JUBA, South Sudan — Like tens of thousands of his countrymen Luol Deng was made a refugee by Sudan’s decades of civil war.
Aged 5, his father moved him to Egypt and then from there to Britain. It was on the hardscrabble basketball courts of Brixton, south London, that Deng was noticed.
Partly it was his height — he is 6’8” — and partly it was his youth, but mostly it was his raw talent on the court and with the ball. Talent that Deng sees all around him on his return to South Sudan to celebrate his country’s long-awaited independence.
“I was watching some of those young kids today on that court,” he said after an exhibition training session and game organized by his Luol Deng Foundation and advocacy group the Enough Project.
“Some of the stuff they’re doing I’m shaking my head at how talented they are and I’m sure if they get the opportunity they’ll be doing what I’m doing or even better. I’m just excited,” he said.
Deng, 26, was welcomed as a hero by the kids and teenagers gathered at the cracked concrete basketball court out the back of a girls’ primary school in Juba, the new capital of the new country where everyone is reveling in the country's new independence.
“I’m very happy to be here,” he told the assembled youngsters of the ‘Bright Stars’ team.
Deng said South Sudan's independence on July 9 was “a big day, a very, very special day for all of us. It’s going to be a bright future.”
Enough Project founder John Prendergast praised Deng’s presence at South Sudan’s independence. “It’s a huge example to people all over the world, of somebody who’s got his priorities right,” said Prendergast.
“He’s a role model for South Sudan and all around the world. He could be doing anything he wants but has chosen to come here for this moment and bring the spotlight that he commands,” he added.
Deng made his name playing small forward for the Chicago Bulls and was named by U.S. President Barack Obama as his favorite player but he is not Sudan’s first international basketball star.
In the 1980s the late Manute Bol — an ethnic Dinka like Deng — was renowned as the tallest player in the NBA using his height to become a legendary shot-blocker.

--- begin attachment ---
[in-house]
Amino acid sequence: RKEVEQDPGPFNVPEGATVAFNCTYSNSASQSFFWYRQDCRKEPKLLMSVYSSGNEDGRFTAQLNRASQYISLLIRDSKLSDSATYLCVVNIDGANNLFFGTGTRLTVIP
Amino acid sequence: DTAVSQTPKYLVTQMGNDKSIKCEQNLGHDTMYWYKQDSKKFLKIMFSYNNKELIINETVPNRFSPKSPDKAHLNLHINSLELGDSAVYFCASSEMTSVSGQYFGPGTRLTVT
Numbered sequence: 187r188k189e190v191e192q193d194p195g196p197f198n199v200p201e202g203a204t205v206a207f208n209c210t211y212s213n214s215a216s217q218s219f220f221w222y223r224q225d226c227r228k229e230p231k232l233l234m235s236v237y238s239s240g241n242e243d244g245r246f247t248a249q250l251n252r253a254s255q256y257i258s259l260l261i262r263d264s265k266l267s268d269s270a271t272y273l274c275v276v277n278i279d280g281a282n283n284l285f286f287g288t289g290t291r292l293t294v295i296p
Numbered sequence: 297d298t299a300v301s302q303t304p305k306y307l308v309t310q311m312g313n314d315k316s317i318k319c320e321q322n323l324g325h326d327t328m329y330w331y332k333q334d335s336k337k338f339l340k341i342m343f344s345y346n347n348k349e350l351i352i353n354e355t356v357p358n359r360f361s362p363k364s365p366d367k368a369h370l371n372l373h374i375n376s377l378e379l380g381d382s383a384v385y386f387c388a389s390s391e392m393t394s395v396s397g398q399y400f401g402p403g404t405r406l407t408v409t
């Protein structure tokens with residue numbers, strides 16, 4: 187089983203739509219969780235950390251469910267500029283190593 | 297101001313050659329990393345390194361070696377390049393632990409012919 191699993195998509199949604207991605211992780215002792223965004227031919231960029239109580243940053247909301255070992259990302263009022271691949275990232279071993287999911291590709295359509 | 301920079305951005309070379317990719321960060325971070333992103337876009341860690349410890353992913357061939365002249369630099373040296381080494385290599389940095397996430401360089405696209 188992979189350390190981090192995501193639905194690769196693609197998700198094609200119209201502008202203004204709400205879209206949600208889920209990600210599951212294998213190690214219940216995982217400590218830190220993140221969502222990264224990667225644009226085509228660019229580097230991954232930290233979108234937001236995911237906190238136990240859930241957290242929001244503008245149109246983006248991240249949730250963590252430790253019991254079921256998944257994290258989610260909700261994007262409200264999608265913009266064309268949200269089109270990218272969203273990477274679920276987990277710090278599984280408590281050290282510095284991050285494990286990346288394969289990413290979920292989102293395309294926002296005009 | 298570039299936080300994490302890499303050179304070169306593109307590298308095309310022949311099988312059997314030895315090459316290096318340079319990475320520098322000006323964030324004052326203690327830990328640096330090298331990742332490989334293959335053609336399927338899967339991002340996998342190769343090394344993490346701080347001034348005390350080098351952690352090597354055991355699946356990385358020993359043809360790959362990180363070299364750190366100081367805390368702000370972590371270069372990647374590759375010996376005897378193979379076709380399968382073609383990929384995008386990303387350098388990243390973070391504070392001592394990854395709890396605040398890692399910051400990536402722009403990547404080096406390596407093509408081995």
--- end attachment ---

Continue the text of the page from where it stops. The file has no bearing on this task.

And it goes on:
“You know, if you draw a basketball player you draw a Sudanese or a Dinka and that’s exciting because they are tall, they’re coordinated, they’re athletic and that’s what the game of basketball needs,” Deng told GlobalPost.
“There’s a lot of talent and raw ability,” agreed Patrick Engelbrecht, a coach with NBA Africa, the league’s development arm, after watching the youngsters play. “They are blessed with the right physical attributes: their height, coordination, fluidity, their sheer size. The challenge is helping local coaches cultivate that talent,” he said.
Today the newly minted national team of South Sudan will face its first challenge in an exhibition match against neighbor Uganda. The game follows a football match between South Sudan and Kenya held on Sunday evening and is to mark the beginning of South Sudan’s forays onto the stage of world sports.
Many here hope that through sports South Sudan can create a new name for itself as something other than the world’s newest and poorest country, the result of decades of war and no development.
“We need to build the infrastructure and what’s exciting is that even at the highest levels of government there is a willingness to invest in basketball, they realize what the game can do in teaching the children the right values but also on the global stage,” said NBA Africa’s vice president Amadou Gallo Fall.
Although Deng will not play for South Sudan — he became a British citizen in 2006 and will be playing for Great Britain at the London Olympics next year — he will cheer on his countrymen as he did at independence.
“This is an exciting time … for everyone,” said Deng, “for the people, especially my parents and others who sacrificed so much for this day to come, so many who are not here with us. I’m just glad it’s happening now and I’m happy that independence and everything that everyone fought for was actually for something.”